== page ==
An Eternal Farewell

Winner of the 2010 Marion Drysdale Award, Grade 9/10 Prose Fiction

Summary: On the day humanity leaves the planet Earth, a girl remembers how she and her friends fought to save the planet’s last surviving tree.

A girl sat alone in her room, watching the world outside her window. The world no human would live on for millions of years. The planet Earth.

From space the slowly freezing planet looked natural, as if cities did not cover its entire face. Until the end of this new ice age, if ever again, no electrical lights would brighten this world. And nature would be given a chance to reclaim what it once owned, while the former inhabitants urbanized and destroyed another planet. The girl doubted if she would even be alive when this new homeworld was reached.

She watched the area in which she had lived, once upon a time. From space the massive city was not visible. Hidden were the skyscrapers that reached the heavens, where millions made their homes. All available space used for human needs. She had actually lived in one of the few remaining suburbs, in a building that only housed her family. This suburb was also special among other urban areas, for in its area was a very rare thing. A tree.

She could vividly remember that tree, a grand old maple, which grew right across from her house. The green leaves of summer, small springtime buds, barren branches in winter, and, most lovely of all, fall’s vibrant, flaming red. Never in all of her short life had she ever seen such a wonder as this autumn brilliance.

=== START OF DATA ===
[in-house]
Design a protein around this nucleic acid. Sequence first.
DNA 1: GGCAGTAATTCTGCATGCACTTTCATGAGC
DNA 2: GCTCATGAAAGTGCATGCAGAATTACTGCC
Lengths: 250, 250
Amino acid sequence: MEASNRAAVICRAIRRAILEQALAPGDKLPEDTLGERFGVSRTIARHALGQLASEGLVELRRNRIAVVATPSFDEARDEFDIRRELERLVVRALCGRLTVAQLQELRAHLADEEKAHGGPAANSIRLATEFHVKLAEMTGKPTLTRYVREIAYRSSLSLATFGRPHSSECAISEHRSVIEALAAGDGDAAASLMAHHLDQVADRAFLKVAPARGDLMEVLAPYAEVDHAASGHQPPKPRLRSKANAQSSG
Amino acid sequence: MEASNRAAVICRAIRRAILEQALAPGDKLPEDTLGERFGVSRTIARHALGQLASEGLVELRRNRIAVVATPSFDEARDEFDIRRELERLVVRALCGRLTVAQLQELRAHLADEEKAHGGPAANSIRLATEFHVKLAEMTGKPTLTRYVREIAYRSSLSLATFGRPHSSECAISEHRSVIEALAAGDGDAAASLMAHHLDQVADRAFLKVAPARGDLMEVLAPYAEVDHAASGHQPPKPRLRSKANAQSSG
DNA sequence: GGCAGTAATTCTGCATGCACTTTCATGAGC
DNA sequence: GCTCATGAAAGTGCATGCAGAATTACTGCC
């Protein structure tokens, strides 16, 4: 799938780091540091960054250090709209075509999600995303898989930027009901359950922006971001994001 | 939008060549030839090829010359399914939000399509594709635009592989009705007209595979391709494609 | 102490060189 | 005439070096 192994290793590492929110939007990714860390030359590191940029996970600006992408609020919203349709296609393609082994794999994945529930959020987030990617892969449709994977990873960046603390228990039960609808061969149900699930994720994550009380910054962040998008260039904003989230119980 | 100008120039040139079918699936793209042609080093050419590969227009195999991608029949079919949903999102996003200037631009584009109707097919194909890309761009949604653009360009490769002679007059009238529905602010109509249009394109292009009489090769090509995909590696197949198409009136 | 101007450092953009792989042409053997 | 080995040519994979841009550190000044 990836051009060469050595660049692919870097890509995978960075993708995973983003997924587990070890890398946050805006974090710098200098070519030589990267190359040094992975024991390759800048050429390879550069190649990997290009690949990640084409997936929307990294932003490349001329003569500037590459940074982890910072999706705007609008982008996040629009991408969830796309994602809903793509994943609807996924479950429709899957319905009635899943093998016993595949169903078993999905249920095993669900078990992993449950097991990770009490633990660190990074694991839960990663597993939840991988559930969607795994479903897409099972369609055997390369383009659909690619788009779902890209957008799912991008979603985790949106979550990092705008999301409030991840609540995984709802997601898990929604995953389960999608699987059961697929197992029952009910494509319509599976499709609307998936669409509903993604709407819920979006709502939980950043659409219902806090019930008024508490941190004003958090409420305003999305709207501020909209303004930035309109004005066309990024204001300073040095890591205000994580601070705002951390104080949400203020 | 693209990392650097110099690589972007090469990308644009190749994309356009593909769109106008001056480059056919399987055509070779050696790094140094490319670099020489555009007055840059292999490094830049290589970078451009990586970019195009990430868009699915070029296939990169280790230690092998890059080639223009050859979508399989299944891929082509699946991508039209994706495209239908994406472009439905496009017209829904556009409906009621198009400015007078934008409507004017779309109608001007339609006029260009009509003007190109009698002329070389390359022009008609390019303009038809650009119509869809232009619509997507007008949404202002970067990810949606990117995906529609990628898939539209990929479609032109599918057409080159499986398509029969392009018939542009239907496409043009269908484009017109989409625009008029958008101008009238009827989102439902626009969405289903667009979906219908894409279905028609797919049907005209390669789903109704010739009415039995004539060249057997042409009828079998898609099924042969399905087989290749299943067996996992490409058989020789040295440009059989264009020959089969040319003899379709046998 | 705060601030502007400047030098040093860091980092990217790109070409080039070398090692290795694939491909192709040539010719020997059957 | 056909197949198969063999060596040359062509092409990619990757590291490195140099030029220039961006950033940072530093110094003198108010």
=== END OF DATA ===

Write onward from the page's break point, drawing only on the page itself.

When they were young, she and her friend from the neighbourhood had enjoyed climbing upon the branches. Many a game of make-believe had occurred beneath the boughs of the ancient maple. As they grew older, metal swings and a platform found places in their little universe. The girl looked over at her bed stand, at the picture framed in silver that rested on it. There they were, emerald green hair glistening in the afternoon sun, smiling back at her. Smiles of triumph, and celebration.

The memory of the day her beloved tree had been threatened was emblazoned in her mind. Her clique had been lounging around the base of the tree when a car pulled up. Two men and a women got out, and walked up to where they were seated. The tree was being removed, they were told, to make space for a new building. The teens were then told to go home. Shocked, the girl had stood up, and in a burst of daring and adrenaline, had climbed up the tree, to the platform. The others quickly followed suit, and the standoff began.

For over four months, they lived up in that ancient plant, refusing to abandon an important part of their childhood for building space. The only time that any of them left the tree was to get food to bring up, collect the group’s homework from school, or for other necessities. One of the other girls bought hair dye for them one day, and they all coloured their hair to match the shade of the leaves they fought so desperately to protect.

After 134 days, the removal company finally gave up, deciding that it was too much trouble to go through for one old tree.

The girl could still remember the joy of that victory, of saving the magnificent maple from the ax. But, the victory celebration was short lived. The next month the news came out that the Earth would soon enter a new ice age. And she remembered the day it was decided that the tree was too large to be transported to the new planet. The whole group had gathered for one last time under the majesty of the maple tree, and had each taken a cutting to grow aboard the ship that would take then all away from Earth, into the heavens. Although it wasn’t like bringing the whole tree, she was comforted knowing that she would bring part of the old world to the new one, across the expanse of space dividing the two.

An announcement came through in the intercom: the ship was going to leave in ten seconds. The girl stood up and pressed her hand against the glass.

“Goodbye, Earth.”

Back to Top